In Praise Of The Future

One of the things it’s very easy to do – and something I do a lot myself – is to romanticise scarcity. I used to be a record collector, because being a record collector and being a music lover were, until very, very recently, the same thing. I remember the excitement of finding a 60s copy, on lovely thick, heavy vinyl, of Ray Charles’ Modern Sounds In Country And Western Music, for 50p in the pile of unfiled albums they always kept in Empire Exchange in Manchester city centre in the back section with the old porn mags. I remember being the first person in the UK to hear a recording of Brian Wilson live with his new band, because of a tape trade I arranged with someone on the internet!. I remember a friend in Sweden sending me a CD in the post, and my dad being worried when he saw the stamp in case I was receiving material from ‘behind the iron curtain’ (this was in 1998).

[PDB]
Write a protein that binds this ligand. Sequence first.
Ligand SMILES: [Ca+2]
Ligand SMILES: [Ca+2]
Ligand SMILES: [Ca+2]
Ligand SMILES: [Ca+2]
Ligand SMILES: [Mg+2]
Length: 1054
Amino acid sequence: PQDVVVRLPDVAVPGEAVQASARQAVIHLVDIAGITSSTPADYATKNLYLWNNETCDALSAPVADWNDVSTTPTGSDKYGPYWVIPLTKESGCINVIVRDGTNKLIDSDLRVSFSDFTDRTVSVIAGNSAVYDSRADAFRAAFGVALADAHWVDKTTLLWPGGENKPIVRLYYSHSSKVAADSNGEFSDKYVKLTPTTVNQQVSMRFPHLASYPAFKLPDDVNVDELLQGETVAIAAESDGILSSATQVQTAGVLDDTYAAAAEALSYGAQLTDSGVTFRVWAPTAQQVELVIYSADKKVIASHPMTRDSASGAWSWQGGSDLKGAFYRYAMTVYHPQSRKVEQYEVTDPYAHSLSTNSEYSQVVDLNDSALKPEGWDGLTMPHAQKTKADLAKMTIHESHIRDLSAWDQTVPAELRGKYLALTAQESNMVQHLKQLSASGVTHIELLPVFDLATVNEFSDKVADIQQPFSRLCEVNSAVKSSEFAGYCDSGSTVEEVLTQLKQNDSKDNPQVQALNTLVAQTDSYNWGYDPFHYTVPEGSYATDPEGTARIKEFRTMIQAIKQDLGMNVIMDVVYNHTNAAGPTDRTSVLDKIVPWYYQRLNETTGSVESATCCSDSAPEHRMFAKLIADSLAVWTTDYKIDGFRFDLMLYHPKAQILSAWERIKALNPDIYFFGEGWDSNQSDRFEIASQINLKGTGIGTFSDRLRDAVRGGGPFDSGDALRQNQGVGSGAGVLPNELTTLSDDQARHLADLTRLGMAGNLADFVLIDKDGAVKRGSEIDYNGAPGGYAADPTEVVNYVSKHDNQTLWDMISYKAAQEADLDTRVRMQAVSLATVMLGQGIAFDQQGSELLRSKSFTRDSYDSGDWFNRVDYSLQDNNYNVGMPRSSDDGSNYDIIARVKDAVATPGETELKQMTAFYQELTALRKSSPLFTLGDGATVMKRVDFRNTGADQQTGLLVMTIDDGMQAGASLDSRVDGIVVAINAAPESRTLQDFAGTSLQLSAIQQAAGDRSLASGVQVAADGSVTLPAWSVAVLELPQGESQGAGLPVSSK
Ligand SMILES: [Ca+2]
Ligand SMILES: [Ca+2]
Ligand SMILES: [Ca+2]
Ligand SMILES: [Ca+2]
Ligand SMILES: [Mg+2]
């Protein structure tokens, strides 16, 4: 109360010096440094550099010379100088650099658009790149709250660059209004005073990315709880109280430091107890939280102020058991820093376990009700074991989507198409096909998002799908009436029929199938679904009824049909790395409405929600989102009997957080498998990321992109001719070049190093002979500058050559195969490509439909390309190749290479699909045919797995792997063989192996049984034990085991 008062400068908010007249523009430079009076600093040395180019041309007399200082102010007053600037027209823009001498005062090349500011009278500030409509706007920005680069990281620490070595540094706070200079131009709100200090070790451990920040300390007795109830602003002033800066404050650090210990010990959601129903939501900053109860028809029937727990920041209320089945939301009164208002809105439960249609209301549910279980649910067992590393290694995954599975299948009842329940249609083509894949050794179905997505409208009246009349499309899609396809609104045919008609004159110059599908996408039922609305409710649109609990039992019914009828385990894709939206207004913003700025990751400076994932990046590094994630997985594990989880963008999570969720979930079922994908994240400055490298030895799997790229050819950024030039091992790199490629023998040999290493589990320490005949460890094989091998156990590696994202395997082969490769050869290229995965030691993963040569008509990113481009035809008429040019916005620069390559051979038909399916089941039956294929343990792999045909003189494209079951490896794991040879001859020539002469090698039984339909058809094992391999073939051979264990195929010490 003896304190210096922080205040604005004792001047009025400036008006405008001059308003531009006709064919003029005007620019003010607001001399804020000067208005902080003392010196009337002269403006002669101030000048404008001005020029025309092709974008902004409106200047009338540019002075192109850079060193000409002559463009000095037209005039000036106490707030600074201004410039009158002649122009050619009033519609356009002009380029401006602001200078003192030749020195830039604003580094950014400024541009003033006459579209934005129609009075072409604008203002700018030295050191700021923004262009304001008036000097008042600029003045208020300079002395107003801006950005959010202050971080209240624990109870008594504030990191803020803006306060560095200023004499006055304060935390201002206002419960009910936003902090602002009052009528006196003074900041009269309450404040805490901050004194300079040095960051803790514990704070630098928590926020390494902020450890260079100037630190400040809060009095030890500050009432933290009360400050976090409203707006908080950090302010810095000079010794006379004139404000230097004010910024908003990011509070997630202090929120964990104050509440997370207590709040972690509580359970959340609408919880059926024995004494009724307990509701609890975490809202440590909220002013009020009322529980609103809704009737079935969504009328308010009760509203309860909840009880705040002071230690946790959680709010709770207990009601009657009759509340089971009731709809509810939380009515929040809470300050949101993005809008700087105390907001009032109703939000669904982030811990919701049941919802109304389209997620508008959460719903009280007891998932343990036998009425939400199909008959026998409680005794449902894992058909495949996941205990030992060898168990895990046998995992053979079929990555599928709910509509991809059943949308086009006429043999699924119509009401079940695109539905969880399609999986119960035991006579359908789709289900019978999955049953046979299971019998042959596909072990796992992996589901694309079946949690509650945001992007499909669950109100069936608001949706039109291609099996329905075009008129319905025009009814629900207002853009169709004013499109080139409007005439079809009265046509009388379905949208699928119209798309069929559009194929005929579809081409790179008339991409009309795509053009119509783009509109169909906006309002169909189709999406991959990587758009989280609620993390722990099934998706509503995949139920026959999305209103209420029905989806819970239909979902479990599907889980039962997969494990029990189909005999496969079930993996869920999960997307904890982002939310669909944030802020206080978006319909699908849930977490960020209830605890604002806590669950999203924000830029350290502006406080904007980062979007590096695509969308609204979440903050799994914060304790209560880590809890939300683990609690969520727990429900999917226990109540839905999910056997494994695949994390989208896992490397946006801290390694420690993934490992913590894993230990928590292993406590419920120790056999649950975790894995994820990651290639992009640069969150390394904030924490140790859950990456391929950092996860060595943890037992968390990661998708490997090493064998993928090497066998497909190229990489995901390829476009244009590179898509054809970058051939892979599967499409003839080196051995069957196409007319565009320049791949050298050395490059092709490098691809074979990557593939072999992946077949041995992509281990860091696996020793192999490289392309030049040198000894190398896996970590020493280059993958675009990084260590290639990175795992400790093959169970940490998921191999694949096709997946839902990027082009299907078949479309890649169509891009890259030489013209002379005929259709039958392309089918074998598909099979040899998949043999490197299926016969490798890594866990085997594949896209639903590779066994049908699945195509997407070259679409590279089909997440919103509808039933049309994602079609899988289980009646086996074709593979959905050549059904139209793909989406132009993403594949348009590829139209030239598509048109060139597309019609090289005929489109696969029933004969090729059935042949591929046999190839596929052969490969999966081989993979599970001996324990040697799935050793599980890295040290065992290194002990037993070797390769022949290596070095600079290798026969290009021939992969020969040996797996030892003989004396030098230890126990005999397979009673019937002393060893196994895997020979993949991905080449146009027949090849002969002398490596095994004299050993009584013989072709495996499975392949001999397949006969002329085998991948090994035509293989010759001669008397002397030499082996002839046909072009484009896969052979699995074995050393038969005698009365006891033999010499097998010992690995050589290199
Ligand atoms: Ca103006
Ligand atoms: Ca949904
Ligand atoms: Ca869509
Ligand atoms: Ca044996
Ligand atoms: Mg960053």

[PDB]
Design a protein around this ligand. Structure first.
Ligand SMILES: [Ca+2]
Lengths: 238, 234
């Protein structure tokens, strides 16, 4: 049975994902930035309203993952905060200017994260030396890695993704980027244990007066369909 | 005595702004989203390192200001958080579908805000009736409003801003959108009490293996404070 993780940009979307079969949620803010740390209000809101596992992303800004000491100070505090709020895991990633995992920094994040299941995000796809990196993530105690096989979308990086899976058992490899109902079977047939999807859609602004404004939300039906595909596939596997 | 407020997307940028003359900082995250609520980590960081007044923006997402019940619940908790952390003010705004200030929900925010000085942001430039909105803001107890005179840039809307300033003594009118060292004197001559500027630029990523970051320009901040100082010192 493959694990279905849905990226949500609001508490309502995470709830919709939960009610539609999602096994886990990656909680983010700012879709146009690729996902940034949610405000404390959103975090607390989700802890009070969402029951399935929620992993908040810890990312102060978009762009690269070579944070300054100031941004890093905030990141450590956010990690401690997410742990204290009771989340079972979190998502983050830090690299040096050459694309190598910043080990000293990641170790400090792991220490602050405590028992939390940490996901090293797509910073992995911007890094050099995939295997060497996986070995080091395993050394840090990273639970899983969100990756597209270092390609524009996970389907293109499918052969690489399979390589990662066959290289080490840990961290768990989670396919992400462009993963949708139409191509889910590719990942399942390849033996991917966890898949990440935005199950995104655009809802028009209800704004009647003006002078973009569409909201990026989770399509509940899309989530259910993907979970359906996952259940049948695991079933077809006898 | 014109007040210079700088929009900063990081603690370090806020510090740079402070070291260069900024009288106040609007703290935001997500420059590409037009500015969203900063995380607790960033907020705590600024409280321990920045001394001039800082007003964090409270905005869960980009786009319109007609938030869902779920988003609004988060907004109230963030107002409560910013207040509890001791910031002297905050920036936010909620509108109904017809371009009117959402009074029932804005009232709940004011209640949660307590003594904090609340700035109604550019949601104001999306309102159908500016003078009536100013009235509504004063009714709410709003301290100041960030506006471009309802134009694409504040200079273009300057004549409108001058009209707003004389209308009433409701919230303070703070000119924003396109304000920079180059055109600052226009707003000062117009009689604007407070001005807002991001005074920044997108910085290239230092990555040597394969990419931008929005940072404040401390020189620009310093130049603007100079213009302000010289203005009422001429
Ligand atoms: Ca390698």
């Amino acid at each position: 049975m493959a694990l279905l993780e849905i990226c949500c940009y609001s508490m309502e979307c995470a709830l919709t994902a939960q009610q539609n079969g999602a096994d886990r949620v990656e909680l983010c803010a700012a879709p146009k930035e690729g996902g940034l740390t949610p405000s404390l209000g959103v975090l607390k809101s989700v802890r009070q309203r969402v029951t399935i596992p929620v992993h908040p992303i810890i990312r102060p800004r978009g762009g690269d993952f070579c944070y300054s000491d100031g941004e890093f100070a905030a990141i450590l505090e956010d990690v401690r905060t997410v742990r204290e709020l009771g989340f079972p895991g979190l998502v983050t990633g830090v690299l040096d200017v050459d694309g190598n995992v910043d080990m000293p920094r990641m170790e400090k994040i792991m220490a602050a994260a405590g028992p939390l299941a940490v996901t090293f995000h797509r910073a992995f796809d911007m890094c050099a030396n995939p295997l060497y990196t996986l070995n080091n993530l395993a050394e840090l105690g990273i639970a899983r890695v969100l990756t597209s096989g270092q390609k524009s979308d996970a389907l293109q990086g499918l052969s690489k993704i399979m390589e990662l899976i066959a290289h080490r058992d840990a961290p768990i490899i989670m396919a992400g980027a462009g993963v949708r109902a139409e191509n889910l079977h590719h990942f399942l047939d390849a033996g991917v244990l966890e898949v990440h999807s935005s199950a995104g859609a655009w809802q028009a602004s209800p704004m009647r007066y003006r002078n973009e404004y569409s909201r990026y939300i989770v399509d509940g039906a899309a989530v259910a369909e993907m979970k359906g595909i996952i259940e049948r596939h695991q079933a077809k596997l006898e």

I remember making a sixteen mile round trip, on foot, to the nearest decent record shop when I was growing up, to order a single. And then repeating that trip a week later to pick the single up.I remember buying my very first bootleg – a terrible double CD of Get Back sessions. I remember treating music as a scarce resource that needed to be hoarded – I have maybe a dozen Johny Cash albums that I’ve not listened to more than once or twice, but which I bought because I didn’t know if I’d ever get a chance to get them again when I found them in second-hand shops.

No-one growing up today has that experience, and they’re missing out on something very precious.